Now recall that solubility is a chemical property that deals with the ability of a solute to become dissolved in a solvent. Now connected to this idea of solubility is a new term, our solubility product constant, which uses the variable ksp. Now this is the equilibrium constant that deals with the solubility of ionic solids. So if we're looking at the solubility of ionic solids, we're dealing with ksp. We're going to say here, it deals with their solubility, and we're going to say solubility can also be referred to as concentration or molarity. Remember molarity uses capital M. Now the basic idea is the higher your ksp value, then the more soluble your ionic solid. And the smaller your ksp value then the less soluble your ionic solid, the less of it will dissolve within a solvent. So just keep this in mind when looking at Ksp.

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# Solubility Product Constant (Ksp) - Online Tutor, Practice Problems & Exam Prep

Solubility, a key chemical property, refers to a solute's ability to dissolve in a solvent, quantified by the solubility product constant (K_{sp}). A higher K_{sp} indicates greater solubility of ionic solids. The dissolution process involves breaking ionic solids into their respective ions, leading to an equilibrium expression that excludes solids. K_{sp} can be calculated from known solubility values, while solubility can also be derived from known K_{sp} values, emphasizing the interdependence of these concepts in understanding ionic compounds.

**Solubility Product Constant (Ksp**) is associated with any ionic compound, which measures how soluble the compound will be in a solvent.

## Ksp

### Solubility Product Constant (Ksp) Concept 1

#### Video transcript

### Solubility Product Constant (Ksp) Example 1

#### Video transcript

It asks, which substance is the most soluble? So here we have silver chloride, magnesium carbonate, calcium sulfate, and copper(II) sulfide, each of them with their given K_{sp} value. Remember, we want the most soluble of all of these choices. Remember, we're going to say the greater your K_{sp} value, then the more soluble you are as an ionic solid. So if we look here, we'd say that the answer has to be C, since it's 7.1 × 10^{-5}. It has the smallest negative, so it's the largest value there. It would be the most soluble out of all four choices. So here, option C would be the correct answer.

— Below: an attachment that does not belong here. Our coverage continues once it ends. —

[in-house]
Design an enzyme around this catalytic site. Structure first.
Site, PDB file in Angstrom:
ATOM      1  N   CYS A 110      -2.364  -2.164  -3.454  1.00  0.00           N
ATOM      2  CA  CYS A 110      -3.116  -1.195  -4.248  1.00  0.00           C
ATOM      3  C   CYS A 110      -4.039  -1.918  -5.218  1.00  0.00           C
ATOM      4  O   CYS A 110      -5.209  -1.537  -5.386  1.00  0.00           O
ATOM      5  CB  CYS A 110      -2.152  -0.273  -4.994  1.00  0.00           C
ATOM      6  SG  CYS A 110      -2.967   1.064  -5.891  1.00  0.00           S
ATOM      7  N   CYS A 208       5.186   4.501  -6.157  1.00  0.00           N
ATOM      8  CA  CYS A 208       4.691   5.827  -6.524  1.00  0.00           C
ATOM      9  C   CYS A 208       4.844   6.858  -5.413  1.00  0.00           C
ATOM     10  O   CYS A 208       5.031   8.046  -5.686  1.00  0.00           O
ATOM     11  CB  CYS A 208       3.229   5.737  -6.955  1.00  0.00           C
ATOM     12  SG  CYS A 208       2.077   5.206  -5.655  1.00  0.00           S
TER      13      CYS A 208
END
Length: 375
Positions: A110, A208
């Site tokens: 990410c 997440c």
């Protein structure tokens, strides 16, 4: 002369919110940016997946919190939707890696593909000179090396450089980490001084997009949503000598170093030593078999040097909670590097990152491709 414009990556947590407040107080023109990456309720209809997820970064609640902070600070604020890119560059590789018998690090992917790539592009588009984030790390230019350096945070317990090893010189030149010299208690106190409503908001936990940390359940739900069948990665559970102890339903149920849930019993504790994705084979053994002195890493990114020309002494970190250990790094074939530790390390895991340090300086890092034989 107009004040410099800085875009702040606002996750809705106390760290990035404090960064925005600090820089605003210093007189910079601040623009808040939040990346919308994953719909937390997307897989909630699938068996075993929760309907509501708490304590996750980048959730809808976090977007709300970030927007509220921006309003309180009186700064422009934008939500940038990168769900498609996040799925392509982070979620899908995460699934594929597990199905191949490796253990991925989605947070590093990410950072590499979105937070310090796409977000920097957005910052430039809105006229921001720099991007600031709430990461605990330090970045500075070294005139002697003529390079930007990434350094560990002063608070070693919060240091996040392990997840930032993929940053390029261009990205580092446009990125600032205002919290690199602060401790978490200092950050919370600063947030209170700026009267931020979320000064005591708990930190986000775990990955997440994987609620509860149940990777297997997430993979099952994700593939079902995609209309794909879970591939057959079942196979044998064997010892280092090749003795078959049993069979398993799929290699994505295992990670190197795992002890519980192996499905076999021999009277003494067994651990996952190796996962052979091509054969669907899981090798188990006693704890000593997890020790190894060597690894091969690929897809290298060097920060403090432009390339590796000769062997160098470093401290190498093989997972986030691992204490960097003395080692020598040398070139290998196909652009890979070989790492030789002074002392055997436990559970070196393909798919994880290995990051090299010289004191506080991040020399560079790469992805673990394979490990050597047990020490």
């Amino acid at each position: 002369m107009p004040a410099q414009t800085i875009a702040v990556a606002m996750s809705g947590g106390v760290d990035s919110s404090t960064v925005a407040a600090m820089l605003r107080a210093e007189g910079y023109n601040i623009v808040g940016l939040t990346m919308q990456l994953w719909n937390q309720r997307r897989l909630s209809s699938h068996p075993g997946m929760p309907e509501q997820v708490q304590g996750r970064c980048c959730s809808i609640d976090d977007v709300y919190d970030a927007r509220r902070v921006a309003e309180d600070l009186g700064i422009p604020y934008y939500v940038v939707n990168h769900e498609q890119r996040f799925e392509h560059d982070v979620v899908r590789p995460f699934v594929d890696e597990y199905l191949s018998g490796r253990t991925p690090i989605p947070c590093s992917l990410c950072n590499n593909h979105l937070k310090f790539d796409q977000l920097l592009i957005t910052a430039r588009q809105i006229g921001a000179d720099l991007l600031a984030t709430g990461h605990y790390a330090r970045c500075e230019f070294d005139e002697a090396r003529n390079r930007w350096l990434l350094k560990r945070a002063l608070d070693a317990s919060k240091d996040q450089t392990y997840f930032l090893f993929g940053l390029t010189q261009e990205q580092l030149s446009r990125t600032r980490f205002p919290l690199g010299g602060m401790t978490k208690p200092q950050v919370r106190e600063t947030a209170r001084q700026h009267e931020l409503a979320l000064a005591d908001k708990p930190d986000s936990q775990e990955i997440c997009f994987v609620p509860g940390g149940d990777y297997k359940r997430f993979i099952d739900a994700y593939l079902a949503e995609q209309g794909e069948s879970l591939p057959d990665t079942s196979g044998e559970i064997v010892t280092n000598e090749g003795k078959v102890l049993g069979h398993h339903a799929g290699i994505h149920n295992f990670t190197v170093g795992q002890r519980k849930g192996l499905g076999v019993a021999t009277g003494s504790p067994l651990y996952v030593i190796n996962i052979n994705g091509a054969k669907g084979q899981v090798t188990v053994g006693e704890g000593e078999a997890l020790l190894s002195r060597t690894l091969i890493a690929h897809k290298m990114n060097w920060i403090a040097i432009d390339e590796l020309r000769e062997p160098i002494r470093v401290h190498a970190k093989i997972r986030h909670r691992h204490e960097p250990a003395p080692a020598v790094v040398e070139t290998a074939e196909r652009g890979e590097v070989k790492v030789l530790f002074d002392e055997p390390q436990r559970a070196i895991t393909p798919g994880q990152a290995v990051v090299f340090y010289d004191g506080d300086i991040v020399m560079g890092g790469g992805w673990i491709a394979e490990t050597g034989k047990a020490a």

### Solubility Product Constant (Ksp) Concept 2

#### Video transcript

Now, placing an ionic solid within a solvent involves 2 competing processes. We have the dissolution reaction, so basically where it's being broken up, and we also have its reverse. Okay? So dissolution looking at the forward direction of the reaction where ionic solid dissolves into its ions. So here we have a b 3 a 2 solid. So if we were to break this up into its ions, we'd say we have 2a superscript 3 plus ⁺, ions in solution are aqueous, plus 3b superscript 2 minus ⁻ aqueous. And remember, we know that the first ion is positive and the second one is negative because that's the order in which we write ionic compounds. Now we're going to say that from this equilibrium equation, its equilibrium expression can be determined. Now the equilibrium expression is just the ratio of concentrations of products over reactants. And we're gonna say that recall the equilibrium expression ignores solids and liquids for its ratios. Right? So it's important that we know how to break up our ionic solids into their respective ions in order to successfully write your equilibrium expression later on. So keep this in mind in terms of the parameters in which it operates. It's products over reactants, and it ignores solids and liquids.